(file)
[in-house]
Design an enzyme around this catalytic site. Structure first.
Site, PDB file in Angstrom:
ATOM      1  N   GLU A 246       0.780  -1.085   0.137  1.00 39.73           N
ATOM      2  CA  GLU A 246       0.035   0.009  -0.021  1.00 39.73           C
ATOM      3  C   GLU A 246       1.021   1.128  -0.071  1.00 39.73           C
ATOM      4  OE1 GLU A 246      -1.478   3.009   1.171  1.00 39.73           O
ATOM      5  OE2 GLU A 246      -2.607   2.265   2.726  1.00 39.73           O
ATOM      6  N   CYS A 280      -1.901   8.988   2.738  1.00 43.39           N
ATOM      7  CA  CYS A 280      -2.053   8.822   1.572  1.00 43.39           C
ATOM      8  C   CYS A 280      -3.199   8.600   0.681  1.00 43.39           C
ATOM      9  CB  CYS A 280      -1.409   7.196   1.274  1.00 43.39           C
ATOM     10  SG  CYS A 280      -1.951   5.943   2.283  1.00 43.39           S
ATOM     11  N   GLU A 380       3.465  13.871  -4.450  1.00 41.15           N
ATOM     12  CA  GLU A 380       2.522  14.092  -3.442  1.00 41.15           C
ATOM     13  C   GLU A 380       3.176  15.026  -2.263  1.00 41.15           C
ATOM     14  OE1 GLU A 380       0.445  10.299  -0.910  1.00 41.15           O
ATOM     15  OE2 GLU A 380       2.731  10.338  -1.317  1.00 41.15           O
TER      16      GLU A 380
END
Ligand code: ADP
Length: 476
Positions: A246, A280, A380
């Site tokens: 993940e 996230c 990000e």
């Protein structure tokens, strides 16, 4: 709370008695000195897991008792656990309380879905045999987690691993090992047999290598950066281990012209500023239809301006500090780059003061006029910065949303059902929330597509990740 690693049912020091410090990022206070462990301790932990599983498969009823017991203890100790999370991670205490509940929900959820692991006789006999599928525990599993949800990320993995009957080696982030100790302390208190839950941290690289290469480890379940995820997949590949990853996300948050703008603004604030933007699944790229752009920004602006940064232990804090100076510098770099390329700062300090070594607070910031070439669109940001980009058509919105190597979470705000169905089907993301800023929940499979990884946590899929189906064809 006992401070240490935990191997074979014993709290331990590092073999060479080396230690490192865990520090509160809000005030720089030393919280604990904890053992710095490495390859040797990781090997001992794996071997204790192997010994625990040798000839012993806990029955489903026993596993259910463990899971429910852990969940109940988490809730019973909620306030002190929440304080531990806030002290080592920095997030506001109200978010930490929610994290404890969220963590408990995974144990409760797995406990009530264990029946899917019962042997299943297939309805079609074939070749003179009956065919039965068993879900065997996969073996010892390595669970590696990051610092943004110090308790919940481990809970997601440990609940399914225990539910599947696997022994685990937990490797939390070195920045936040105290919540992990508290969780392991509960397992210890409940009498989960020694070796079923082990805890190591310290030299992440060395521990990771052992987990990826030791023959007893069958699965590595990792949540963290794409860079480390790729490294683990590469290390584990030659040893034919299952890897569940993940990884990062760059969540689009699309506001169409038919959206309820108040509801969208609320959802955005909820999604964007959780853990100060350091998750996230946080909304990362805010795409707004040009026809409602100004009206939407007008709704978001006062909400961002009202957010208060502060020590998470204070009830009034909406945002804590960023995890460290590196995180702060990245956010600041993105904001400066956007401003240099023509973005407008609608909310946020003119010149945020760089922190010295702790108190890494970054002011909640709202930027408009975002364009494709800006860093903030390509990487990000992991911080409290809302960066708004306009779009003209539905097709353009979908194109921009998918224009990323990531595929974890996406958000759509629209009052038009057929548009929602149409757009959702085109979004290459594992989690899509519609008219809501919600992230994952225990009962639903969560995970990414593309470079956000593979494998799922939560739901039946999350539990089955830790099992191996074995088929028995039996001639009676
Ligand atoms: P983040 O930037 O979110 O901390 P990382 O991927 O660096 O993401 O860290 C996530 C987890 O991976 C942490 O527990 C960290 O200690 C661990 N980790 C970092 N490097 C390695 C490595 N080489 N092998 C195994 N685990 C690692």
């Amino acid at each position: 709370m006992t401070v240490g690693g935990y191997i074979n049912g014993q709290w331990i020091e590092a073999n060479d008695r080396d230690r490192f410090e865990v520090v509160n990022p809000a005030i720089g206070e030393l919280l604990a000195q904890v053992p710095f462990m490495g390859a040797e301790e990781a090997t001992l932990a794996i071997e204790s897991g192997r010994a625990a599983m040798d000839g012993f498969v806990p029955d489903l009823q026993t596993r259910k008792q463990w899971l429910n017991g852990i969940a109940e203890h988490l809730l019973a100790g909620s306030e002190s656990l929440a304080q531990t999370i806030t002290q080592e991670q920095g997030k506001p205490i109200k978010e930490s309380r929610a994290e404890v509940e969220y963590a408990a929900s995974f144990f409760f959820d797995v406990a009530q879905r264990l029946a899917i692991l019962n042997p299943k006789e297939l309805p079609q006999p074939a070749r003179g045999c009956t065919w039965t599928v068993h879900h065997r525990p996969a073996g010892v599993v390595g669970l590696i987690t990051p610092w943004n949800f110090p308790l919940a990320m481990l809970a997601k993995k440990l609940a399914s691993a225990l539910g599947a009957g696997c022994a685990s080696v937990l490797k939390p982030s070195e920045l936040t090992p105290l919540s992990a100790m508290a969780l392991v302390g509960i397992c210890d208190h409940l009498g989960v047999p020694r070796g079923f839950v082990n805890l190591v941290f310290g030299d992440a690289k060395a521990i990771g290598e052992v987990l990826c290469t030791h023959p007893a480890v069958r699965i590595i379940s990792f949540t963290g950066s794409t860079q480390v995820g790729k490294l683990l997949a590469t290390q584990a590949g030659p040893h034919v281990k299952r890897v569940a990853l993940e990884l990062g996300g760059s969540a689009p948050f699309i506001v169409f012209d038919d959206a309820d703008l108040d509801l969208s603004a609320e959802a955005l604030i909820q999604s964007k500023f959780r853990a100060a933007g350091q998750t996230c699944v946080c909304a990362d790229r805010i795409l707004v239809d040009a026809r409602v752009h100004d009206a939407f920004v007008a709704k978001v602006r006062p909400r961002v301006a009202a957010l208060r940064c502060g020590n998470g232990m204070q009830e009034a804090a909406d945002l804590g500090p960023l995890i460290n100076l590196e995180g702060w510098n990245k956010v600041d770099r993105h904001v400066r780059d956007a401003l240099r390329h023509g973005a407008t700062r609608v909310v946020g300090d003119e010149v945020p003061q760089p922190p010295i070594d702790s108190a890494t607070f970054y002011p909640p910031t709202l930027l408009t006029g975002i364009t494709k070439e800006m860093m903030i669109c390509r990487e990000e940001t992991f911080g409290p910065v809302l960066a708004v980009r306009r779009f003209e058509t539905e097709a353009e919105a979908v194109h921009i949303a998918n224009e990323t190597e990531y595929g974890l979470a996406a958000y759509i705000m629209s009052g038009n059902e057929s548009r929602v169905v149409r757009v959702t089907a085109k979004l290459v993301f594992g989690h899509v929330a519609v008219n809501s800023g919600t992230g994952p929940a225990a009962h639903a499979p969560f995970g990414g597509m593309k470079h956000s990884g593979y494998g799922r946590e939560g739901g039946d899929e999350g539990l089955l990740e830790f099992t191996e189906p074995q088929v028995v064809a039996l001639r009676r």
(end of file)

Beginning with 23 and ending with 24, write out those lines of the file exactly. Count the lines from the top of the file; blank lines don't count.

Positions: A246, A280, A380
């Site tokens: 993940e 996230c 990000e």